Hello my fellow Enthusiasts! I have read up on another interesting system called The Wrangler System. I wanted to share it with you all. I am here to share my knowledge and experiences with you all and hope you all succeed in your roulette journeys. After all, the game of roulette is to compete with yourself, not the casino or other players.

THE 'WRANGLER'S' SYSTEM

The man who invented it was one of the most brilliant mathematicians of his day. This man who played it with such success used to come to Monte Carlo with 400 pounds. This he divided up into two capitals of 5000 francs each. If he doubled the first one, he used to put his own money away and play entirely with that of the Bank. If he lost his first capital, he used to fall back upon the second one. His unit was a five-franc piece ; consequently he always had 1000 units in his pocket to fight the Bank with. He had plenty of time four or five months in which to operate, and was therefore never in a hurry.

The system was perfectly simple, being a mixture of the ordinary Martingale combined with a sort of improved 'Labby,' but the method of staking was ingenious and well adapted to the Progression he employed.

As soon as he arrived at the table he waited for one spin, to see what came out. If it was Red he staked on Red, and if it was Black he went on Black. He continued to stake on the same color until he lost twice in succession, and then changed over to the opposite side. He remained on that side until he again lost twice consecutively, when he once more changed over. This was his invariable method of staking. It is something like the 'Avant Derniere,' which is fully described in Ten Days at Monte Carlo, only better adapted to the 'Wrangler's' Progression. He commenced with a five-franc piece and played the Martingale 1, 2, 4, 8. Unless, therefore, the Bank beat him four times running, he continued to win their five franc pieces, and as there was practically only one combination of figures on which they could beat him, he often won 5 or 10 louis from them without any trouble. The only thing that defeated him was several "coups de deux" coming consecutively, or two coming after a run. For example: Black, Black, Red, Red, Black, Black. He loses four times in succession. If the ' coups de deux ' do not follow one another on the card, it does not matter, and he still continues to win 1 coup in every 4.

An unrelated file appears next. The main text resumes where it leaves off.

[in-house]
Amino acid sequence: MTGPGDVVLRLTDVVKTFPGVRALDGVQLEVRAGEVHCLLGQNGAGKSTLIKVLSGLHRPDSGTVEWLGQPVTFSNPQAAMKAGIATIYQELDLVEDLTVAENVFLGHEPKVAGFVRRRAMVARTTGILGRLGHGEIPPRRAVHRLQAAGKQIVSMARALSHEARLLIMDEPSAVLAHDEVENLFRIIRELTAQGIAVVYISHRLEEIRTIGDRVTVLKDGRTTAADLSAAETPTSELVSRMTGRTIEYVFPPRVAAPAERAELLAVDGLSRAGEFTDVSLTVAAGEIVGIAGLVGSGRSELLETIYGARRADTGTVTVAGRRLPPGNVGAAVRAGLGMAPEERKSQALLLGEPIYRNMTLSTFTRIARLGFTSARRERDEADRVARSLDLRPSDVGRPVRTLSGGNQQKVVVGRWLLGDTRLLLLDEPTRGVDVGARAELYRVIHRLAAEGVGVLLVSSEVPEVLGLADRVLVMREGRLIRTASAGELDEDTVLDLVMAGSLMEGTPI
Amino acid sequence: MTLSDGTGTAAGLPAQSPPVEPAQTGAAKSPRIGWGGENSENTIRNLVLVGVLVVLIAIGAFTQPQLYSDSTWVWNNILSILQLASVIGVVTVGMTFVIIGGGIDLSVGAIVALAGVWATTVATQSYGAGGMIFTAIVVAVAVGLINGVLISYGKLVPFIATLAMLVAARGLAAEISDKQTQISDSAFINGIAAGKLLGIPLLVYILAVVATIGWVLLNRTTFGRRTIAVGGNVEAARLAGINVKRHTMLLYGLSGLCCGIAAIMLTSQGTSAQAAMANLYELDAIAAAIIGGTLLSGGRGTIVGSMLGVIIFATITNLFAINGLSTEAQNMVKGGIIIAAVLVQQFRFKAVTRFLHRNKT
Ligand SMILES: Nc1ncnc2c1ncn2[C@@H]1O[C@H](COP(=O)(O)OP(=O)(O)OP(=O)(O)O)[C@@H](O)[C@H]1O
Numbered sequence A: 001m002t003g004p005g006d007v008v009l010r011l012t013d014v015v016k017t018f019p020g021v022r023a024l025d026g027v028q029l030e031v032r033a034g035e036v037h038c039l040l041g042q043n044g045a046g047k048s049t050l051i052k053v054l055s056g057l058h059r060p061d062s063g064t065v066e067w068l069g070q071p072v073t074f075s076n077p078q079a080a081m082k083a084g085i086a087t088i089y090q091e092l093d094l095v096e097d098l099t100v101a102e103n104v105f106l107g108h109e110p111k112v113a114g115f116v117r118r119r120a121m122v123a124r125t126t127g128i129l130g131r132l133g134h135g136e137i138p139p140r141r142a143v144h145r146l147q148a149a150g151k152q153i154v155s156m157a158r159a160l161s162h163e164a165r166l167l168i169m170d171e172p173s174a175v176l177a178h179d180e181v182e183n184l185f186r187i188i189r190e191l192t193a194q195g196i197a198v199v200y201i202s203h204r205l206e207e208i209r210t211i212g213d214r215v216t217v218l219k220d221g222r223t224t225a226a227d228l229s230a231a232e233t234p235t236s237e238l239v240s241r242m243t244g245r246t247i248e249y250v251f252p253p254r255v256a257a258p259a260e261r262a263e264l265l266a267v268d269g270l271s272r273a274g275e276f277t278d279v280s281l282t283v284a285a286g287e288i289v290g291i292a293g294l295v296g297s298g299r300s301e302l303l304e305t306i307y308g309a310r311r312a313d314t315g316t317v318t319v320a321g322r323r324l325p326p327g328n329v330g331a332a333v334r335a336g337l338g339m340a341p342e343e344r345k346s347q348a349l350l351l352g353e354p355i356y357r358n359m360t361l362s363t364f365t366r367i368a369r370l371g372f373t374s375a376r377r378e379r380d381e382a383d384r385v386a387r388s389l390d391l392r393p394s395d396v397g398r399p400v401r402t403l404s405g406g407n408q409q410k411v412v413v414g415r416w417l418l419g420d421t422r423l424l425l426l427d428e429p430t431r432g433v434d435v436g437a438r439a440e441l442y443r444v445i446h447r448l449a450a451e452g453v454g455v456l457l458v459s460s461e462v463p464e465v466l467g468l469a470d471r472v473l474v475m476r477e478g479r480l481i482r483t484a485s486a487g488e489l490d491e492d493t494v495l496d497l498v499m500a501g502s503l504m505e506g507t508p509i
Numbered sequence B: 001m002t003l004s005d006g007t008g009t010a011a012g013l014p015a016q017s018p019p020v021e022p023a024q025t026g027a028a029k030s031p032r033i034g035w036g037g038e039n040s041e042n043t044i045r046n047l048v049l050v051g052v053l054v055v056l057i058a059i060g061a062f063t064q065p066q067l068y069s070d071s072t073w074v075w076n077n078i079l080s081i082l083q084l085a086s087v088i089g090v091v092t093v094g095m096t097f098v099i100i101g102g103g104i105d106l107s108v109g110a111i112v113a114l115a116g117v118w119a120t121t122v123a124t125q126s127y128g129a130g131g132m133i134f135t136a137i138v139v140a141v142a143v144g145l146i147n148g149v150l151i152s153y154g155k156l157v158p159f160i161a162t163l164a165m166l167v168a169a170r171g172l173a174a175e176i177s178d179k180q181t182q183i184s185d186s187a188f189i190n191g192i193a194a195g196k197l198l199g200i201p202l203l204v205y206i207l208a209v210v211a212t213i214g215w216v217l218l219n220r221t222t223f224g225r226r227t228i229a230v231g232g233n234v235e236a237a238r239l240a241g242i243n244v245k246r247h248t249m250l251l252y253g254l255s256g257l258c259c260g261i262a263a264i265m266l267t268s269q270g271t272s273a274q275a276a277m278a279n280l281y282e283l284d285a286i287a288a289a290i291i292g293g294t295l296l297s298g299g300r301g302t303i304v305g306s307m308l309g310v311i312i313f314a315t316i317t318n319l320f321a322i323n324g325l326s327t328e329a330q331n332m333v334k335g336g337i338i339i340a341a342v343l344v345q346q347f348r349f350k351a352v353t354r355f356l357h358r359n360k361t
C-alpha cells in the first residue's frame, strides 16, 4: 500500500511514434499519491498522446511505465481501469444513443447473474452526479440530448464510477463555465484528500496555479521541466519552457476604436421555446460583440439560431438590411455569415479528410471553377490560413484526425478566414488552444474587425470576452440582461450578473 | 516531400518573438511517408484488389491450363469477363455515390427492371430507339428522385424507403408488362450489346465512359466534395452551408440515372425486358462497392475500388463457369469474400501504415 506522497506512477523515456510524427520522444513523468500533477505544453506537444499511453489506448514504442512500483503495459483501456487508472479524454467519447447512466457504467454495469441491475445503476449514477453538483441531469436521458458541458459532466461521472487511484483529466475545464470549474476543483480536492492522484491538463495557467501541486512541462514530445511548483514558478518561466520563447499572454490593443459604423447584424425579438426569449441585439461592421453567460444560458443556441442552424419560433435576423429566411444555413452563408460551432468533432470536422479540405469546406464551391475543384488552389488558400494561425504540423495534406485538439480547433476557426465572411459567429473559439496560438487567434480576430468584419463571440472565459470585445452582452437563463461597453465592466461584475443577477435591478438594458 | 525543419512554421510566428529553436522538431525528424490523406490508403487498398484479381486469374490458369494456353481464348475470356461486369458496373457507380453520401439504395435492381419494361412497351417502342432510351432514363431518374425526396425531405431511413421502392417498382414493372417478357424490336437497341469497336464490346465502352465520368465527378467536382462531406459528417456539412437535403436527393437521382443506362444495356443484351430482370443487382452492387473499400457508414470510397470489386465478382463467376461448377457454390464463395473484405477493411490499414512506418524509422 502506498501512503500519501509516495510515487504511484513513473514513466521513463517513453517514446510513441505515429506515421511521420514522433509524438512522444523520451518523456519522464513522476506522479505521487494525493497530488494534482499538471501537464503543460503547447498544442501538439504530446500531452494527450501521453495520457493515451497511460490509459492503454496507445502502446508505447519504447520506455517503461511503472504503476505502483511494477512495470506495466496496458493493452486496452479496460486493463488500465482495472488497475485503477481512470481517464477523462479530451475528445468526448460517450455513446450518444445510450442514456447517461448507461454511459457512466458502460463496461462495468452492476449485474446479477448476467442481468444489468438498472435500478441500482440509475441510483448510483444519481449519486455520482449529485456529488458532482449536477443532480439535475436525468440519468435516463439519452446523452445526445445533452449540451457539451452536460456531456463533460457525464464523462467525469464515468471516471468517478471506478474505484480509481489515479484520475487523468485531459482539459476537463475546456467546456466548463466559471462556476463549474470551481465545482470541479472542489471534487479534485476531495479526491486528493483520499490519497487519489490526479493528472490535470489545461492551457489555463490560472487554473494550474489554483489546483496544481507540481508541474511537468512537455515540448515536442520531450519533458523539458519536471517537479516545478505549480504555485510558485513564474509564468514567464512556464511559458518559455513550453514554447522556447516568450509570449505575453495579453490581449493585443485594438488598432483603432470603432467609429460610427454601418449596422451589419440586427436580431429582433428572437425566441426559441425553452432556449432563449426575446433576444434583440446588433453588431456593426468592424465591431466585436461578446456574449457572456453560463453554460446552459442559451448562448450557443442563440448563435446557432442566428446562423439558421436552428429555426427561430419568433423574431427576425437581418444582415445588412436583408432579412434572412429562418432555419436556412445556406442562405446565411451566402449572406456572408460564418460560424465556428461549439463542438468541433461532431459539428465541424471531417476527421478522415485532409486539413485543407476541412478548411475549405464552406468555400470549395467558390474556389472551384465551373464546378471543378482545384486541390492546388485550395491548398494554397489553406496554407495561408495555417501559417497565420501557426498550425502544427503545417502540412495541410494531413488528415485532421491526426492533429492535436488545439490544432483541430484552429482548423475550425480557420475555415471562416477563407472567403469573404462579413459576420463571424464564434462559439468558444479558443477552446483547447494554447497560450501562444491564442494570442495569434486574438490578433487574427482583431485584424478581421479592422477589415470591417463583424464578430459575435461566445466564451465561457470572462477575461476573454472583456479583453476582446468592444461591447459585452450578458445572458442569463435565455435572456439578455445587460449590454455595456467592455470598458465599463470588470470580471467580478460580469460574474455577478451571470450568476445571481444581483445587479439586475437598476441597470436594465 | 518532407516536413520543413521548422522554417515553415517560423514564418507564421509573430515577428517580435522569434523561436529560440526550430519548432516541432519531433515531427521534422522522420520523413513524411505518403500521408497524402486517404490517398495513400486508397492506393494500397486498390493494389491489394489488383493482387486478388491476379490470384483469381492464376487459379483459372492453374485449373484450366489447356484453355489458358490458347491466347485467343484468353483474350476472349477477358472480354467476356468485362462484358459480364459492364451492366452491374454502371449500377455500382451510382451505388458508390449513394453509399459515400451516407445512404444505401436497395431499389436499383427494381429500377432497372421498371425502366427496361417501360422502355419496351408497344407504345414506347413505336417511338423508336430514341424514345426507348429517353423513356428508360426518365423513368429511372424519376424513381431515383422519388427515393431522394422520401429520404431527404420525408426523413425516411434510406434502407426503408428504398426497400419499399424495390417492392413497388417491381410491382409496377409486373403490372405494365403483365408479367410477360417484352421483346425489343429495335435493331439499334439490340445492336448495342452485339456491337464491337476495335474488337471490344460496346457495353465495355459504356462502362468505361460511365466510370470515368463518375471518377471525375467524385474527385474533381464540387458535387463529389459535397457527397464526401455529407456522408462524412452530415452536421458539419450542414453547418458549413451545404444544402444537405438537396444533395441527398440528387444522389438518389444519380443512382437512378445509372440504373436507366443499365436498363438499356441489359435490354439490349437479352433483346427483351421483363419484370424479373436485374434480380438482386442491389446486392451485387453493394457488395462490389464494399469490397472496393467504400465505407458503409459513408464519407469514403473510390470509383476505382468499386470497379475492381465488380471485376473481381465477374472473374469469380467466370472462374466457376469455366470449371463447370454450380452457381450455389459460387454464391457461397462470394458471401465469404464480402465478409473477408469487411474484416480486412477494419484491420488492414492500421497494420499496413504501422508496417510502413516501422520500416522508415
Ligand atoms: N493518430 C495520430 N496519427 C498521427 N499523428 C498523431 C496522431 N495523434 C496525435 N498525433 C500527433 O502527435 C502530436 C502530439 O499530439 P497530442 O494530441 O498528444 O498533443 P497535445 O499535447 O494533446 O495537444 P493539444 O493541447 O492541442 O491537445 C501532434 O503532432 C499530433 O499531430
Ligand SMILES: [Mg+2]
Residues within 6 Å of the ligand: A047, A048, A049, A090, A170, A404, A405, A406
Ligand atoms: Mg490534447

Now in the event of his losing four times consecutively his total loss amounted to 15 units. This he used to write down on his score sheet in the following manner and endeavor to wipe it out with an ordinary Labouchere method of staking." 2 3 2 3 2 3 ". If he found that his figures were becoming too large and he had already lost about 50 units, he then used to cry a 'halt,' and split up his one big Labby into two or three small ones, and continue staking on the same system until he saw daylight. After getting into deep water and coming out without loss, he would always abandon the struggle for that day, and be thankful that his capital was intact. Of course if he succeeded in doubling his first capital, and was playing entirely with the Bank's money, he used to play a less cautious game than he would if his own was at stake.